Are you thinking about re-entering the workforce in your 60s? Even after making a carefully considered decision to retire?
The reality is that you are not alone. An increasing number of baby boomers are shifting gears and reversing their decision to retire.
Consider the following from a New York Times article that compiled survey data on changes in American’s attitudes toward retirement:
- More than 25 percent of retirees later resumed working
- 40 percent of workers over age 65 had previously retired
- The number of people over age 65 who are employed either full-time or part-time has climbed from 12.8 percent in 2000 to 18.8 percent in 2016
Four Considerations Around the Decision to Unretire
Perhaps you are finding that retirement isn’t quite what you anticipated. When you were working 60-hour weeks, seven days of leisure activities may have seemed enticing.
But now, you may be feeling unbalanced or perhaps even bored. So, if you are weighing “unretirement,” here are four steps to take:
1. Weigh your motivations and clarify what you are looking for in life.
While it may seem surprising, financial considerations are not necessarily the primary driver for reentering the working world.
According to a study conducted by the RAND Corporation in 2017, more than half of retirees would consider returning to work. For those with college degrees, that percentage jumps to 60 percent.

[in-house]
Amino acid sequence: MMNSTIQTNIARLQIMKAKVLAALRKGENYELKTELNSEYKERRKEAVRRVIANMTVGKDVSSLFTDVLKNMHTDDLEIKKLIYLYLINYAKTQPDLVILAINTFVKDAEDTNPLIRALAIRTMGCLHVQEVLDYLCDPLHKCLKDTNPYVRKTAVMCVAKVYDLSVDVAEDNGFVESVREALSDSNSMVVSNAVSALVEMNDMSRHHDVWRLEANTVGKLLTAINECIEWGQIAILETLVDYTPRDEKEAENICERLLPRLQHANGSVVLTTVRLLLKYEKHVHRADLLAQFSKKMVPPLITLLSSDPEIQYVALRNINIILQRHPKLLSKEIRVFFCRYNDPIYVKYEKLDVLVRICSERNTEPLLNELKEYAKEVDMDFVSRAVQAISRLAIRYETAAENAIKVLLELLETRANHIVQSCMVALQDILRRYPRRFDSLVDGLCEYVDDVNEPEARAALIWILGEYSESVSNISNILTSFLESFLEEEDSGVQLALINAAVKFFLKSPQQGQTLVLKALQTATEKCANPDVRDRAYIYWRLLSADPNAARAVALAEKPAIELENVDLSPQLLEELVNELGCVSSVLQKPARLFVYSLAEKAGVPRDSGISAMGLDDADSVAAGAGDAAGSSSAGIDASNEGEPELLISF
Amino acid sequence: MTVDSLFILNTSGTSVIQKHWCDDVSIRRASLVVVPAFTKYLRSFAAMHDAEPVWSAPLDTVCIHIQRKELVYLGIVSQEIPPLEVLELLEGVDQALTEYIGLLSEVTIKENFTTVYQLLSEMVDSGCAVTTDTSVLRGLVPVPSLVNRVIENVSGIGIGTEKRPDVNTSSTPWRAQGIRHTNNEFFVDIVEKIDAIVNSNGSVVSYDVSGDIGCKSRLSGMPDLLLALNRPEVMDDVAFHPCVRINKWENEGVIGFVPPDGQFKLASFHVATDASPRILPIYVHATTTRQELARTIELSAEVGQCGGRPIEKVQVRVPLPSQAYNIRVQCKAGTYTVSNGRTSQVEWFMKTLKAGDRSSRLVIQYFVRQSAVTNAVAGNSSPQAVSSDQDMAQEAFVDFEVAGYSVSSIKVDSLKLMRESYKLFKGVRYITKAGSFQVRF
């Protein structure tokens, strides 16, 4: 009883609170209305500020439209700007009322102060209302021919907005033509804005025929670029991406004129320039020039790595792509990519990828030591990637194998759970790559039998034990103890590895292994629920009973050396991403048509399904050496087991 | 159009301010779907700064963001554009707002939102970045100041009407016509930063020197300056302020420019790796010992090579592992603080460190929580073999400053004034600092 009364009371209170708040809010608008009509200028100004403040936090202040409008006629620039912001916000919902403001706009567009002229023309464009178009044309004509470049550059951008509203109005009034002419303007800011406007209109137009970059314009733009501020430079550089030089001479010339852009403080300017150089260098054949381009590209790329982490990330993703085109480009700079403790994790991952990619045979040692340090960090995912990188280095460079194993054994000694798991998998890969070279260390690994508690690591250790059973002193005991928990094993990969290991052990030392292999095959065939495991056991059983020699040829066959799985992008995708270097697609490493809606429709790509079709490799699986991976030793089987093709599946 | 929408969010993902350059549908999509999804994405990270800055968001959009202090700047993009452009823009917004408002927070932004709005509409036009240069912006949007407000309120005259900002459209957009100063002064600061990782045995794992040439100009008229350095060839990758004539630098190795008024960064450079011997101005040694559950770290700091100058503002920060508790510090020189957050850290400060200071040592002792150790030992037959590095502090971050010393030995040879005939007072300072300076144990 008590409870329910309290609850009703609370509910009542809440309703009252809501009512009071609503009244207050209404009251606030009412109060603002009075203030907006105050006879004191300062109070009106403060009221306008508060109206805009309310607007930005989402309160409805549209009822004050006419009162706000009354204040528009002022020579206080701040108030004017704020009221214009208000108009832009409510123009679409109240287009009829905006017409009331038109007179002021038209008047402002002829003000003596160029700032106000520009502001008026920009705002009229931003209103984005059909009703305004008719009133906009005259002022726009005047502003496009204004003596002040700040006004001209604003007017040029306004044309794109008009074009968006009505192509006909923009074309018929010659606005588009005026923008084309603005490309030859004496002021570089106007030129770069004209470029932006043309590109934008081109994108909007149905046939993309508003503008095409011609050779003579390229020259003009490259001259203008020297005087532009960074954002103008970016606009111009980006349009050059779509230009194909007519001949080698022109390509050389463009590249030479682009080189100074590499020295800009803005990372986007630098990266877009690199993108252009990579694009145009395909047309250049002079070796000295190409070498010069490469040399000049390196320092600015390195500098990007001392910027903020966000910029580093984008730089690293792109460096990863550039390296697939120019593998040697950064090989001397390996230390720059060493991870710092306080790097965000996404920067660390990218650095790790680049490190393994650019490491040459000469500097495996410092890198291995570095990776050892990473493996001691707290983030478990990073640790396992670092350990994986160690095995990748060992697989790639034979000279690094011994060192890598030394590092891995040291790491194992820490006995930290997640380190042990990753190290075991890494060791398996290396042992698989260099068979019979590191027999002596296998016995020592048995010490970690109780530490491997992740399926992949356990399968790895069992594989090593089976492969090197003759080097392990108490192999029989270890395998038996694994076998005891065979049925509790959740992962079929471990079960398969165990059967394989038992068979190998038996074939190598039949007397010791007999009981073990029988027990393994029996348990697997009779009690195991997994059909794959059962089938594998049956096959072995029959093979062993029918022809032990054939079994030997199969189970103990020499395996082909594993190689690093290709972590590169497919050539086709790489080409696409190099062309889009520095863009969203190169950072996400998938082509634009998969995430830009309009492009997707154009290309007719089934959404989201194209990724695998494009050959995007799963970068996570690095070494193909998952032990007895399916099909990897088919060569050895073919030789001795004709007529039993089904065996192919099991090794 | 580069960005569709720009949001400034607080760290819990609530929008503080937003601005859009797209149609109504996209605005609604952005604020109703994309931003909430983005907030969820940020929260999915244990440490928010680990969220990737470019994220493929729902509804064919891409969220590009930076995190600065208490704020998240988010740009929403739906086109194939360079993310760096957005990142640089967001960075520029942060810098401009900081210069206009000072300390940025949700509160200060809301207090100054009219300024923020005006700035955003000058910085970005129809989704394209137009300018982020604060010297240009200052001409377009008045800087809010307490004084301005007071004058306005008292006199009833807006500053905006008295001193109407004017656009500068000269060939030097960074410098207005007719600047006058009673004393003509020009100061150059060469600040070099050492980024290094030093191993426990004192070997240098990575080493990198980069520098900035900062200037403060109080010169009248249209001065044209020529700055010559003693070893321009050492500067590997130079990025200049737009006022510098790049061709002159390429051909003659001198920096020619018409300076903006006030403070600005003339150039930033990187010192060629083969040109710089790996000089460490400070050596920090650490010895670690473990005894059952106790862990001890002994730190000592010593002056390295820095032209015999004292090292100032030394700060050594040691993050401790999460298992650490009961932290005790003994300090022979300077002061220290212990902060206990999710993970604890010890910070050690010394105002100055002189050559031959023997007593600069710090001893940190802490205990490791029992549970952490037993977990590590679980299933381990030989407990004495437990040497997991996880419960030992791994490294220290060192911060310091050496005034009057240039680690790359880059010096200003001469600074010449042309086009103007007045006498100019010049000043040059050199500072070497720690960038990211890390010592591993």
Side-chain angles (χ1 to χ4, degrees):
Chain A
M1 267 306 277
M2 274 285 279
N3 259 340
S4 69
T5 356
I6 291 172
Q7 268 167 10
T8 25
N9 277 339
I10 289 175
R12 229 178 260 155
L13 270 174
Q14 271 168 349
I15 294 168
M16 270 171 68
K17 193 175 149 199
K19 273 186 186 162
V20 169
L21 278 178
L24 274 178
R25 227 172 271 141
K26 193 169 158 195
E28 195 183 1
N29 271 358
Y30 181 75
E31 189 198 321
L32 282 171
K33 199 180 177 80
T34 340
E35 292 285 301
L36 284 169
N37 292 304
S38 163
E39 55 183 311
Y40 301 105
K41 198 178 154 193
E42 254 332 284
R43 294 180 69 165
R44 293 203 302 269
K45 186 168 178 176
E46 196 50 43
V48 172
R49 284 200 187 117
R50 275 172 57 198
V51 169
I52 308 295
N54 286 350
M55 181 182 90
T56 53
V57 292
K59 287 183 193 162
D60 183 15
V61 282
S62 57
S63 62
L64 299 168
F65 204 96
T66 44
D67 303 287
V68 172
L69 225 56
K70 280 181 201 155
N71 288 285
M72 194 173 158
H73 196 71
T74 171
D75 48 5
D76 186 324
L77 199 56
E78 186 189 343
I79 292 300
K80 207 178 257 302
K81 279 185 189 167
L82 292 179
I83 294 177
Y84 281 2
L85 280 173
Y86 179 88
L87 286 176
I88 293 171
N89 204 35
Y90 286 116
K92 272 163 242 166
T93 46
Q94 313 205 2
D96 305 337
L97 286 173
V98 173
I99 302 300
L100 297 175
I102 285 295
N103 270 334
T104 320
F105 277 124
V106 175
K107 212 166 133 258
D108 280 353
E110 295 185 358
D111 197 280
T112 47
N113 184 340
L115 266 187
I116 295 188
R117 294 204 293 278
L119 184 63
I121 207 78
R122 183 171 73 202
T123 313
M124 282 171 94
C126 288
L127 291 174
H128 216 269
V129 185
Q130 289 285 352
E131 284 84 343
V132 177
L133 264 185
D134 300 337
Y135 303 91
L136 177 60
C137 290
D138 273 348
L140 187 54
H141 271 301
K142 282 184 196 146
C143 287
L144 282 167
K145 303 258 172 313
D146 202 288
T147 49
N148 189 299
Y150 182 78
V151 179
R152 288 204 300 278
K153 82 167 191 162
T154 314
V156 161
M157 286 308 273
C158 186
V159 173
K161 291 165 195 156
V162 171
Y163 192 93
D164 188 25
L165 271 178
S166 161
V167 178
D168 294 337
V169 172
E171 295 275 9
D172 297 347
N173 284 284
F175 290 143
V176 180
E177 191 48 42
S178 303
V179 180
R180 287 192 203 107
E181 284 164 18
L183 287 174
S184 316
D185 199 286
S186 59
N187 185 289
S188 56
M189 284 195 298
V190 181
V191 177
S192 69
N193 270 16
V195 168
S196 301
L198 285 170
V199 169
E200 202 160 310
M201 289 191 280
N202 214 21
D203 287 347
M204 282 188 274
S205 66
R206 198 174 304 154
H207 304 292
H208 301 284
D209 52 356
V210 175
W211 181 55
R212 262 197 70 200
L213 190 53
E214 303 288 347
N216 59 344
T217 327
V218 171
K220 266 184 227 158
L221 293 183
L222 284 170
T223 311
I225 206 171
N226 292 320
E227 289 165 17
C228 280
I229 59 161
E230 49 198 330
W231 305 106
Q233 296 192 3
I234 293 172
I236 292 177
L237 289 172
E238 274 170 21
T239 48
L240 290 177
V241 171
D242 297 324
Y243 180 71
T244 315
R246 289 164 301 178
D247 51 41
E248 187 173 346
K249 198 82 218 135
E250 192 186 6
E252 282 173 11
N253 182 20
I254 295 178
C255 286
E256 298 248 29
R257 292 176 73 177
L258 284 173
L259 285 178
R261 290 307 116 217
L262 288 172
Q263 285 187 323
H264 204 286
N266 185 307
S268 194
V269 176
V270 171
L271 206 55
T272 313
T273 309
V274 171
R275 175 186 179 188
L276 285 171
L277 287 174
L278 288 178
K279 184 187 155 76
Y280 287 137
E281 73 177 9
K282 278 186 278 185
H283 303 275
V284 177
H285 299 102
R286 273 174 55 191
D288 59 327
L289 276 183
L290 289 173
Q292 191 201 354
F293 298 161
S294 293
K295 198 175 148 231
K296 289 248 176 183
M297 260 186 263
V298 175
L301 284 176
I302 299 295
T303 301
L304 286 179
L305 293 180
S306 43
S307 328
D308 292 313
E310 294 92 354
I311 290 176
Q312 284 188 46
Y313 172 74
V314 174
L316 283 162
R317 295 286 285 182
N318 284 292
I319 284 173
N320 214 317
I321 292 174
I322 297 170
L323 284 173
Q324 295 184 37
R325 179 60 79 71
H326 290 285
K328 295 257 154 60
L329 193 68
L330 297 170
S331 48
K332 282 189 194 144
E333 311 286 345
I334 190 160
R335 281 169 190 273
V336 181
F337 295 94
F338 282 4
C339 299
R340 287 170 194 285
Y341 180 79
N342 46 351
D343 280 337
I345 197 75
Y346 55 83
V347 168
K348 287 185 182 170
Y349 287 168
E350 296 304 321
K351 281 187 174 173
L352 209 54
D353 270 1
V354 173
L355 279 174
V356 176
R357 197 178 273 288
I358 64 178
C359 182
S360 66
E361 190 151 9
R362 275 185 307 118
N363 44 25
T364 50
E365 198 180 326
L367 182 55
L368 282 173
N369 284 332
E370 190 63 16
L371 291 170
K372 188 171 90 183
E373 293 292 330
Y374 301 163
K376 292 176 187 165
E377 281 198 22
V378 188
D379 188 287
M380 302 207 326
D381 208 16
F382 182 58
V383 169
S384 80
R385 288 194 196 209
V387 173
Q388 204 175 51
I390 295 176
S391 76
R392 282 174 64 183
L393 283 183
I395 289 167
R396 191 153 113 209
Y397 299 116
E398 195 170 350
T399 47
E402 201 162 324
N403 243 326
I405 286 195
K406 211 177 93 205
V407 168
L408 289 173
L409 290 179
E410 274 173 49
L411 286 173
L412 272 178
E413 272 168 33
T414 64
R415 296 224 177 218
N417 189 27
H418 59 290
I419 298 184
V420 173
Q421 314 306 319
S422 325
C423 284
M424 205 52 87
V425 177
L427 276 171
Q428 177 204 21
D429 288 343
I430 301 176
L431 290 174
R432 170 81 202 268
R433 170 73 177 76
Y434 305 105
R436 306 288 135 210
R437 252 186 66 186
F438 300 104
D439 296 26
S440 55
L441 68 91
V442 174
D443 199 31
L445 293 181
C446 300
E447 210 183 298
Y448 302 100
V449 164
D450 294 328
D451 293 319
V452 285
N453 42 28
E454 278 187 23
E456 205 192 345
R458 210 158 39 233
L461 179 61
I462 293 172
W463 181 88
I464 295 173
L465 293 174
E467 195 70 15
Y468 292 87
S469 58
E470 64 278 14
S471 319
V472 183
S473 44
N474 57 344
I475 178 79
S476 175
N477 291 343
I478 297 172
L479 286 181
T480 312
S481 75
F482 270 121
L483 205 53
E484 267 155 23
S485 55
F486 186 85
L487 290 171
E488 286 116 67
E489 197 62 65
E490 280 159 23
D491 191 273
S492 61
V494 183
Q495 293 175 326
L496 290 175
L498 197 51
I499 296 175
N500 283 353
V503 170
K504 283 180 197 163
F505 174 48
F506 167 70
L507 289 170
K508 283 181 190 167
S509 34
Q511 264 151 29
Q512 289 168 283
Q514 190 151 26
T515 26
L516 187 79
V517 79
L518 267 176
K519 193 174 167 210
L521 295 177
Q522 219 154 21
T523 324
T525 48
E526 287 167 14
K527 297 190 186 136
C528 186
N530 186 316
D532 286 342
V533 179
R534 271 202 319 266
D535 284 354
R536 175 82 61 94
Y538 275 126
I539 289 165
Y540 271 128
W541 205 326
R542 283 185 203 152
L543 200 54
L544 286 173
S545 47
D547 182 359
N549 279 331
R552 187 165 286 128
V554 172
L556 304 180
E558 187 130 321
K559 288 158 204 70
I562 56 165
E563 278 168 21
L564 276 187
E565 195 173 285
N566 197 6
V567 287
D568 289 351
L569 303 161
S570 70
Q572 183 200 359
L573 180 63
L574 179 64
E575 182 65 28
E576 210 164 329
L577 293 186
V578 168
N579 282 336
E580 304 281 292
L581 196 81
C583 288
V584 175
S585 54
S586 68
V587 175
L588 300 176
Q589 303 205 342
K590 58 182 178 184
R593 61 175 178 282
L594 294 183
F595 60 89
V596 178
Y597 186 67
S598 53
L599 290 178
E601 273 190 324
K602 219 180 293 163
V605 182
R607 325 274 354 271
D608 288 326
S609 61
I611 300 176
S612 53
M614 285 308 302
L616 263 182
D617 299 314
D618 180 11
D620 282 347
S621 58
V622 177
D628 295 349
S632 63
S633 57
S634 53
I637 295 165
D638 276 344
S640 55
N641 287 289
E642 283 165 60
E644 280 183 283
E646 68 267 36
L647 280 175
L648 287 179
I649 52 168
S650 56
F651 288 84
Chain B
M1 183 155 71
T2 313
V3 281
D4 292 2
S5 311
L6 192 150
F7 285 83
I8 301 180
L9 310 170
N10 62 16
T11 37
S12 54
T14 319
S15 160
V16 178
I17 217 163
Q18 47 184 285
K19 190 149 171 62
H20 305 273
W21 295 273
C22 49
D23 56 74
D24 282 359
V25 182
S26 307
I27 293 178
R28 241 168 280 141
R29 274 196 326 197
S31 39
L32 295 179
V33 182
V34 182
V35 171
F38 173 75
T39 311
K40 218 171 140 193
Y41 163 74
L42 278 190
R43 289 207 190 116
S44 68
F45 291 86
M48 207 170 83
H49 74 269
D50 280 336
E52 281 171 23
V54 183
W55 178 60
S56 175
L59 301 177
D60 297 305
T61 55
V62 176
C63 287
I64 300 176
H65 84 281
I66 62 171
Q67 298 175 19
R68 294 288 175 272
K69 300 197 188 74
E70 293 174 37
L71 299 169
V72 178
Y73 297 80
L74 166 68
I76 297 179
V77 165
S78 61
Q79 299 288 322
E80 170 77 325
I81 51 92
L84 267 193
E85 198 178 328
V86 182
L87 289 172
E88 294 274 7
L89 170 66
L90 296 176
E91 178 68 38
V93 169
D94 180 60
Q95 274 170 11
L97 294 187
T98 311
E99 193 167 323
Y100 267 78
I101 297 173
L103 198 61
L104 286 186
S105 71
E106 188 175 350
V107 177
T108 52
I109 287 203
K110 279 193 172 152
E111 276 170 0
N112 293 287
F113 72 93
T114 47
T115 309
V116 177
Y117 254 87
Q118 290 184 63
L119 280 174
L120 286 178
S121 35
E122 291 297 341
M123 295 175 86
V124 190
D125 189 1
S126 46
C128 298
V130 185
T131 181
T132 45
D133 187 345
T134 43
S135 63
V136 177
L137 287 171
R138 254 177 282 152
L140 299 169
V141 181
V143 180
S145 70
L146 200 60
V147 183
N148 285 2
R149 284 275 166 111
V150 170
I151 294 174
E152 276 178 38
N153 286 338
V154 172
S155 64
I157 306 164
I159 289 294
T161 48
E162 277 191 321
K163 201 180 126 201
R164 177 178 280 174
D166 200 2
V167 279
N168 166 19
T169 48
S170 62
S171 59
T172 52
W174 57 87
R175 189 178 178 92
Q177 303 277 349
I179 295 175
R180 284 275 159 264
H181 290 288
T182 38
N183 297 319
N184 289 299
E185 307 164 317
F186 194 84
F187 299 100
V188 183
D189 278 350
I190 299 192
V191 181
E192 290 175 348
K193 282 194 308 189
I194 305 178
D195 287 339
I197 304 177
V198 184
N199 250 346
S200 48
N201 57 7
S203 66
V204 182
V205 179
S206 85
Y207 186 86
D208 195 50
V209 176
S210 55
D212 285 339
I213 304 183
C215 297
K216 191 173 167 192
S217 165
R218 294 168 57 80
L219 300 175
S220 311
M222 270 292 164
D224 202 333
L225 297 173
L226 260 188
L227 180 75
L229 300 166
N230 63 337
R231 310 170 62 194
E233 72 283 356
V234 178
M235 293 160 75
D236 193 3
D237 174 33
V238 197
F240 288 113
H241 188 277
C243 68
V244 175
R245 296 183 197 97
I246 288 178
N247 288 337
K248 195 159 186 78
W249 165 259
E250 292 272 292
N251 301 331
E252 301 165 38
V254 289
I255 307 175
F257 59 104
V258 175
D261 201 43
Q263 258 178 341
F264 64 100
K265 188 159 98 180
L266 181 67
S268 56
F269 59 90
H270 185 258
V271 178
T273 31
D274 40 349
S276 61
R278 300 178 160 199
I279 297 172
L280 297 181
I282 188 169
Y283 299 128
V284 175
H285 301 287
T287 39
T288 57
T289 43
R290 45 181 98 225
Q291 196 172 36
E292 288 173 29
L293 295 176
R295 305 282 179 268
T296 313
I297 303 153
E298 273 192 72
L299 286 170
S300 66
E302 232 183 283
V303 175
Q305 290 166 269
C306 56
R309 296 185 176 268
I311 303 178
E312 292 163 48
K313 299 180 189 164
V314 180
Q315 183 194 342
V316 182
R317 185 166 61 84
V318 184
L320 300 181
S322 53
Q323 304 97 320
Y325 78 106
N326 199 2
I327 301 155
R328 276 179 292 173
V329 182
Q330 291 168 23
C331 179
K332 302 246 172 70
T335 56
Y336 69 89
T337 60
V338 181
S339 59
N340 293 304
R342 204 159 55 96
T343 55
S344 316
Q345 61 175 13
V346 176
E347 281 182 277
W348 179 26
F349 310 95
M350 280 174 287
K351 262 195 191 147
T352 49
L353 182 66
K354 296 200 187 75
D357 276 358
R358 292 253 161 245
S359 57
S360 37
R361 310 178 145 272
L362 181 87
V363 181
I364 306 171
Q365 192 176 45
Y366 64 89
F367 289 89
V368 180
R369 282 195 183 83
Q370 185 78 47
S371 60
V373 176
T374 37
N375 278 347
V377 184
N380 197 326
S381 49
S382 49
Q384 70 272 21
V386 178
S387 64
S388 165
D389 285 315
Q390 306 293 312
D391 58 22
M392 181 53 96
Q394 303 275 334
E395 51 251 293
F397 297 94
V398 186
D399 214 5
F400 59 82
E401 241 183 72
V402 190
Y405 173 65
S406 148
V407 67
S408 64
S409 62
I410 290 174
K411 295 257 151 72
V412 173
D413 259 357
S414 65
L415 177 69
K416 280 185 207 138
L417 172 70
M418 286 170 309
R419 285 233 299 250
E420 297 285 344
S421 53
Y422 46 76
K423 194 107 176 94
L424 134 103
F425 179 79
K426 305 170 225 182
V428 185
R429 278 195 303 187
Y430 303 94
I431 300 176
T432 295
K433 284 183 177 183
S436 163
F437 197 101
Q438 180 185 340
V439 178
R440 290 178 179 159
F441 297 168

So, what are the motivational forces that lead people to reconsider life as a retiree? Many find life in retirement is somehow unfulfilling, or that they are missing something.
Today it seems, the workplace may provide people with a support system of interpersonal relationships and social engagement. Another motivating factor can be that a job delivers a sense of purpose in everyday life, from solving problems to satisfying customers. Also, the positive reinforcement that one receives from a job well done can provide a boost to mental health.
If this describes your situation, consider if you would like to find these benefits in a job again or if volunteer efforts might fulfill that need. What amount of time commitment are you looking for in this phase of life? A few days a week? For how long? Clarify your expectations and parameters. Be clear with yourself about what you miss and what you want from a new position or activity.
2. Consider how unretirement may impact your finances in unintended ways.
While you may enjoy the intrinsic benefits of a paycheck, it is essential to understand the financial consequences of going back to work. You need to answer the question, “What makes the most sense for my family and me?” How will your living expenses be impacted by a change in your retirement status? Will you be eating out at restaurants more often? Will your car expenses, laundry bills, clothing costs and other expenditures increase?
By having a written plan and working with a financial planner, you will be more likely to answer these questions successfully. A registered investment adviser (RIA) can assist you in effectively managing your living costs and properly aligning changes in income with those expenses. An advisor can help you understand further implications of coming out of retirement, such as insurance (health, long-term care and medical), taxes and Social Security.